The Greatest Magician

The Magicians The Prequel

Children - Preteen
198 Pages
Reviewed on 12/27/2019
Buy on Amazon

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    Book Review

Reviewed by Timothy R Baldwin for Readers' Favorite

In The Greatest Magician (The Magicians The Prequel), Elena Paige has crafted a magical and mysterious world into which Jack Roberts, a preteen and the story's protagonist, is thrust. Jack is forced by his family to attend a magicians' convention, one which his father doesn't even enjoy visiting. To top it all off, Jack isn't even magical. Instead, his mother and sister intend to give the impression of him being capable of more than just a few clever card tricks. Reluctantly, he agrees to go. Upon his arrival, a young girl, a thief, captures his attention so much so that he decides to leave his father alone, thus setting Jack on a day-long adventure. Through his persistence and the help of allies he didn't even know he had, he learns a great deal about his abilities while uncovering a deeply-held family secret.

While fans of the Wizarding World of Harry Potter, The Charlie Bones Series, or the Ahstown Burials would most certainly enjoy this book, The Greatest Magician stands on its own in originality. Writing for an audience of middle-grade readers, Elena Paige establishes rules for the world of magic that are relatively simple with definite limitations. In a genuinely imaginative and, dare I say, magical way, the reader learns how these rules function through Jack's observations and various encounters with multiple characters, both good and bad, throughout the story. In a mostly plot-driven story, Jack eventually faces the ultimate showdown and must learn to rely on his wits and bumblings with magic to overcome the bad guys.

K.C. Finn

The Greatest Magician is a work of fantasy and supernatural fun, penned by author Elena Paige. Written as the prequel to The Magicians Series, this middle-grade tale is aimed at the preteen end of the readership and recalls the exploits of protagonist Jack Roberts before The Magicians’ Convention begins. Ordinary Jack as no magic at all, even though his family all have incredible powers, and he has a very deep sense of being left out when the convention comes around. So when Jack is given the opportunity to get some magic of his own, it becomes a question of how far he will go in order to get it.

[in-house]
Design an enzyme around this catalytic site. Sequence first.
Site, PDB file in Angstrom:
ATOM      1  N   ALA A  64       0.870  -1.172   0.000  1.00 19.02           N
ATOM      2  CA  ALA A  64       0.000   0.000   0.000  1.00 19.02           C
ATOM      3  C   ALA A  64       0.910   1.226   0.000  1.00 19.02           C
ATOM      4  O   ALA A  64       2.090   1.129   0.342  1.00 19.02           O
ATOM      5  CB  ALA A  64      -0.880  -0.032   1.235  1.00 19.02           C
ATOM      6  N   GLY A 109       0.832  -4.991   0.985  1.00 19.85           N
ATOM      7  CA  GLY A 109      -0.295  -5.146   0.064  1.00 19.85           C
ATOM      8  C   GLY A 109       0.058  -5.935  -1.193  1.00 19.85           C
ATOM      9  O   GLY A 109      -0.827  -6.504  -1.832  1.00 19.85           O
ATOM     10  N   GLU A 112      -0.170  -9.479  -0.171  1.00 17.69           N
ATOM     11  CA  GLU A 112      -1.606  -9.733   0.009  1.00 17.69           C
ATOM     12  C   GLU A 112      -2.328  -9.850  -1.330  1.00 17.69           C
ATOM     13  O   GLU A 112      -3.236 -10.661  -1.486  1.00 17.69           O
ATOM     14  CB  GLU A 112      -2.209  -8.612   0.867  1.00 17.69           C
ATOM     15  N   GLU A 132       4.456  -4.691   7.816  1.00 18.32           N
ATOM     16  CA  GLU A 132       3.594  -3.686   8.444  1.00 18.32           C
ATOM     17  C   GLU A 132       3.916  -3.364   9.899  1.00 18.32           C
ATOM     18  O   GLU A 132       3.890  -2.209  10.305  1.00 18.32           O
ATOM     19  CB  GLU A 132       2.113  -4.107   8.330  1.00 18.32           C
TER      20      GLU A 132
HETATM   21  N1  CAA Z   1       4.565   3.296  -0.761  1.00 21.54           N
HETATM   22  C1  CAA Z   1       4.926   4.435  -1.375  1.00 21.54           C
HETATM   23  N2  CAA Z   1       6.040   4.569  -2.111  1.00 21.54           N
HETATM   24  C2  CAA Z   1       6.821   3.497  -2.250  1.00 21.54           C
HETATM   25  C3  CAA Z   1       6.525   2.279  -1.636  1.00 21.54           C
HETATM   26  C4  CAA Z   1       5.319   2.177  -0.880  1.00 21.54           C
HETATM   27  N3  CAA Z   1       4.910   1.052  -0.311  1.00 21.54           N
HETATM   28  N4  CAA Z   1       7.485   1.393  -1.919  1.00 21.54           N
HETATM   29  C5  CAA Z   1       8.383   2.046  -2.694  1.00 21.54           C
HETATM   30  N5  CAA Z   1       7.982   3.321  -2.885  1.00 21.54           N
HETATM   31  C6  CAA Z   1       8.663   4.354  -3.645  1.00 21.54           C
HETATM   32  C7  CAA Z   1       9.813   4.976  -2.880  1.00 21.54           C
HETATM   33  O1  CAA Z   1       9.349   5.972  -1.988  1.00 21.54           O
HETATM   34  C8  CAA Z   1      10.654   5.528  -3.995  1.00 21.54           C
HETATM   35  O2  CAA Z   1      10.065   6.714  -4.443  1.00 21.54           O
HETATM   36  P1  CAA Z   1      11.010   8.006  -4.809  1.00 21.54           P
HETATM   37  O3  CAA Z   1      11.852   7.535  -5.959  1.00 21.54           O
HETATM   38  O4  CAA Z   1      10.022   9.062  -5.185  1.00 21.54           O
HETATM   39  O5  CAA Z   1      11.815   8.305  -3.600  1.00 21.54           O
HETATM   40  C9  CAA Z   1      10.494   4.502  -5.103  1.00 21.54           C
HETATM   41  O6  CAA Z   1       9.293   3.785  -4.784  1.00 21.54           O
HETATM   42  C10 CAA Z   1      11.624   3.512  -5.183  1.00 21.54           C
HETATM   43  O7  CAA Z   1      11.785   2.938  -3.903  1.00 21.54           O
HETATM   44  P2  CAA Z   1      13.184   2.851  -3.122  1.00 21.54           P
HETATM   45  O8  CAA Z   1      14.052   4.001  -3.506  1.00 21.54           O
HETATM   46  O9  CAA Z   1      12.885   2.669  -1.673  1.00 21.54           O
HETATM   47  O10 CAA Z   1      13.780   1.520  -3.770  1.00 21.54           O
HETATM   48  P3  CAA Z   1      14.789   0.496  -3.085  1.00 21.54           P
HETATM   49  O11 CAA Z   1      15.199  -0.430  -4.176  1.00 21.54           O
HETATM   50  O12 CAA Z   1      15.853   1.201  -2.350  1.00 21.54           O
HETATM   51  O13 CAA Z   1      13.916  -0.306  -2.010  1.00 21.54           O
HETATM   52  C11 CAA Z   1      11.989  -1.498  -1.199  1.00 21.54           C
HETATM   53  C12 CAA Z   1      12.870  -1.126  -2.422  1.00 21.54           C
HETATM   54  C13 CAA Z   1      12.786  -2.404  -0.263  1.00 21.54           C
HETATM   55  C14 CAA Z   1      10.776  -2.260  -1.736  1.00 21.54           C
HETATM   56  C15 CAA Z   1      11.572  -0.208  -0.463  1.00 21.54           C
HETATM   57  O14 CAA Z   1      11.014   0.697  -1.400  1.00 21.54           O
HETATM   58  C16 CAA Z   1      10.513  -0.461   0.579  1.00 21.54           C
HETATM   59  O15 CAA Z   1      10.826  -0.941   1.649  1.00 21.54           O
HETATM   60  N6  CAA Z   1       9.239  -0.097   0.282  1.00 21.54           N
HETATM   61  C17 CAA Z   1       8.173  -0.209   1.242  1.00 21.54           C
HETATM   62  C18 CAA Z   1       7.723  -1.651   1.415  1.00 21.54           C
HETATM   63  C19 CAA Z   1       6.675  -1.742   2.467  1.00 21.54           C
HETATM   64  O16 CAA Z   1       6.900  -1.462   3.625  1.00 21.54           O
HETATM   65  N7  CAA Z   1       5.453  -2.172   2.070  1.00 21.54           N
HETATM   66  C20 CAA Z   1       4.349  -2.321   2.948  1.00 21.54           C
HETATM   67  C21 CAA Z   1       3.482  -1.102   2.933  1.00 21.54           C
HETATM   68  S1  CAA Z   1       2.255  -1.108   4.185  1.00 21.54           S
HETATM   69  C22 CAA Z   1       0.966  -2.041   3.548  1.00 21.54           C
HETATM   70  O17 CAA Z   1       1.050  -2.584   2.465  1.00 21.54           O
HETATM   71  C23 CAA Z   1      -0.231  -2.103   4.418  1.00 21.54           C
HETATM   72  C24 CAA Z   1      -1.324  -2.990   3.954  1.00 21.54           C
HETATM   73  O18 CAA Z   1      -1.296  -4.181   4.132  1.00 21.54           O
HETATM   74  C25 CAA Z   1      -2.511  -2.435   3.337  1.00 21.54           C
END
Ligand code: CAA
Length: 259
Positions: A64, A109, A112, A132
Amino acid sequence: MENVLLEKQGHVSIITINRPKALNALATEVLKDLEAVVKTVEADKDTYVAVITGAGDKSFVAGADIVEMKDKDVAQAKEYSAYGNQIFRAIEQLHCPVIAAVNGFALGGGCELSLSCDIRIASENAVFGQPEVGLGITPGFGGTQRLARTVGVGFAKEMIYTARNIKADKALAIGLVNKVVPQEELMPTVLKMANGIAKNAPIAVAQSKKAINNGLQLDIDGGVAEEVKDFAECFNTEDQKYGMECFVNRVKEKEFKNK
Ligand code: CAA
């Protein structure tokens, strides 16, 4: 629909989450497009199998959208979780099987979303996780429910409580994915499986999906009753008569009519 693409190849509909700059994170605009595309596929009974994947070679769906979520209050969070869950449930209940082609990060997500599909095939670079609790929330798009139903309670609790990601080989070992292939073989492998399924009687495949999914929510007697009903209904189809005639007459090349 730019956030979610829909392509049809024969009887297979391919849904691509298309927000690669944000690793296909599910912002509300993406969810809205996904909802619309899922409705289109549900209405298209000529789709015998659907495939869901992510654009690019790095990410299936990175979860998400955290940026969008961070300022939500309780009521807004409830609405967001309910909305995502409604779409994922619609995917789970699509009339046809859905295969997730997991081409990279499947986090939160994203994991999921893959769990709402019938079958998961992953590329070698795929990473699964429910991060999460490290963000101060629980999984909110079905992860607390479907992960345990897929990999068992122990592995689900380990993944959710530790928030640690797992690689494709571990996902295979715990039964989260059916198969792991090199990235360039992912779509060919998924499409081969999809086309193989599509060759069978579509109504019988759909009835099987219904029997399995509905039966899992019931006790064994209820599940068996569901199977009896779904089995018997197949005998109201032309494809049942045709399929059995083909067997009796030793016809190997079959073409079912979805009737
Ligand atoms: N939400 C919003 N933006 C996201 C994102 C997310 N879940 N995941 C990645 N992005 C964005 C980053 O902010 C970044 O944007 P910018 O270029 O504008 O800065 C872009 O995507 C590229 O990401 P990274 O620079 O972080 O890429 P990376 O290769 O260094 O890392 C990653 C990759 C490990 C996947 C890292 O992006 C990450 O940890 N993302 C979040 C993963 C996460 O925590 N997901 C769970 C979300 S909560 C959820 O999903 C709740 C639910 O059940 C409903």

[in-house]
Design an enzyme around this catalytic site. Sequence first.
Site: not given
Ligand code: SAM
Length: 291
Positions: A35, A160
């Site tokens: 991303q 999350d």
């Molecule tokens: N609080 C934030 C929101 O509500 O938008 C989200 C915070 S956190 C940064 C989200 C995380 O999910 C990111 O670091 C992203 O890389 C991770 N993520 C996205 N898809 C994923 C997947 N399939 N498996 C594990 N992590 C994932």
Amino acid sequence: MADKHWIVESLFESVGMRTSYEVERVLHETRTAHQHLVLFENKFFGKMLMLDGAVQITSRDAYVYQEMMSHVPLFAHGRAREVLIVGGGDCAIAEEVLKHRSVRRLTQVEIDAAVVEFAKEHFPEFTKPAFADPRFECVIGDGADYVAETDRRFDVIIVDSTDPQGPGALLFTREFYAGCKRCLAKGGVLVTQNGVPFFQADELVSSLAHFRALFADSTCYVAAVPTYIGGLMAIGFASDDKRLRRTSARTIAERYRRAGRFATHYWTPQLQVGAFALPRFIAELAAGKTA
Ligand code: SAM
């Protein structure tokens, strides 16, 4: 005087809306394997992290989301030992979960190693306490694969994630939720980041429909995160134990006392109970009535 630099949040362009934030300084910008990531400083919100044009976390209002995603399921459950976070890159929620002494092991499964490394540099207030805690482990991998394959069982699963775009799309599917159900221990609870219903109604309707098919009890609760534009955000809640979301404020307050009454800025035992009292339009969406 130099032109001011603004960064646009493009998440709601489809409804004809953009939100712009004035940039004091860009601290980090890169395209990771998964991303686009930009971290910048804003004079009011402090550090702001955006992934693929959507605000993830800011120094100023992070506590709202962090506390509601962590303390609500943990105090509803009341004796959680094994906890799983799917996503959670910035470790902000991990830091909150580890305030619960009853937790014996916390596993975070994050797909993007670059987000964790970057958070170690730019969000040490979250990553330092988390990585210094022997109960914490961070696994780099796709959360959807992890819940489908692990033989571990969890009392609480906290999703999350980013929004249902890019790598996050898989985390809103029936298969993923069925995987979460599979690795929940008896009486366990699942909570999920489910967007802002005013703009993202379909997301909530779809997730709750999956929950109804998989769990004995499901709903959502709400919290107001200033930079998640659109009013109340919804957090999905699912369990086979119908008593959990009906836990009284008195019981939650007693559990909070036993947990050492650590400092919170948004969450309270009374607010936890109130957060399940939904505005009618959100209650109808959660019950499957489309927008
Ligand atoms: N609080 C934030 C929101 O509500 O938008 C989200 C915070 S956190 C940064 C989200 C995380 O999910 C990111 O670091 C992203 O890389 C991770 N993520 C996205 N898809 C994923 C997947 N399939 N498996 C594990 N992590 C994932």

Author Elena Paige brings the incredible world of magic to life in this very modern and enjoyable fantasy tale. The novella works really well as a stand-alone story and an introduction to the magical concepts of Paige’s worldbuilding, and it also gives a great profile of our young hero Jack and his magical family. Before we meet Jack in his adult life, lots of ideas and family history can be explored in this fascinating tale, and there are plenty of relevant decisions to be made about courage, choice and taking risks, which are very apt to the target age range for the piece. Exciting, atmospherically written and filled with great messages amid its twisting, turning plot, The Greatest Magician is a highly recommended introduction to an enthralling magical series and the works of a great author who knows her audience really well.

Lesley Jones

In The Greatest Magician by Elena Paige, the annual magicians' convention is the last place Jack Roberts wants to be. He has always felt like an outsider in his family. His mother, The Great Linda, his father and even his sister Penelope have been blessed with magical powers while he is 'normal'. Jack grudgingly attends and, while there, he stumbles across a plot that could put his family in danger, and everything he believed to be true in turmoil. Jack discovers that magic can be used as a force for evil if placed in the wrong hands and he becomes entangled in a web of deceit and shocking revelations. Jack unearths a devastating truth that could finally give him the magical powers he desires, but is he willing to pay the price for them?

The Greatest Magician by Elena Paige is a rollercoaster of adventure filled with exciting plot twists and turns and revelations I did not expect. The characters are superbly created and although I did not see any relevance to the existence of some of the characters when they first appear, all becomes clear as the story progresses. The relationships between the characters develop gradually and realistically. I especially thought the relationship between Penelope and Jack was heartwarming, whereas the one between Agatha and her father was quite disturbing. Brady is a vile and gruesome character whose actions were perfect for a villain. This is definitely a story about complex family dynamics and the revelation of secrets. There are also amazing areas of conflict that uncovered so many engaging layers to the plot. I feel this is a definite stand-alone read and adults, as well as young teenagers, will enjoy this book. It teaches values and principles in a subtle but powerful way.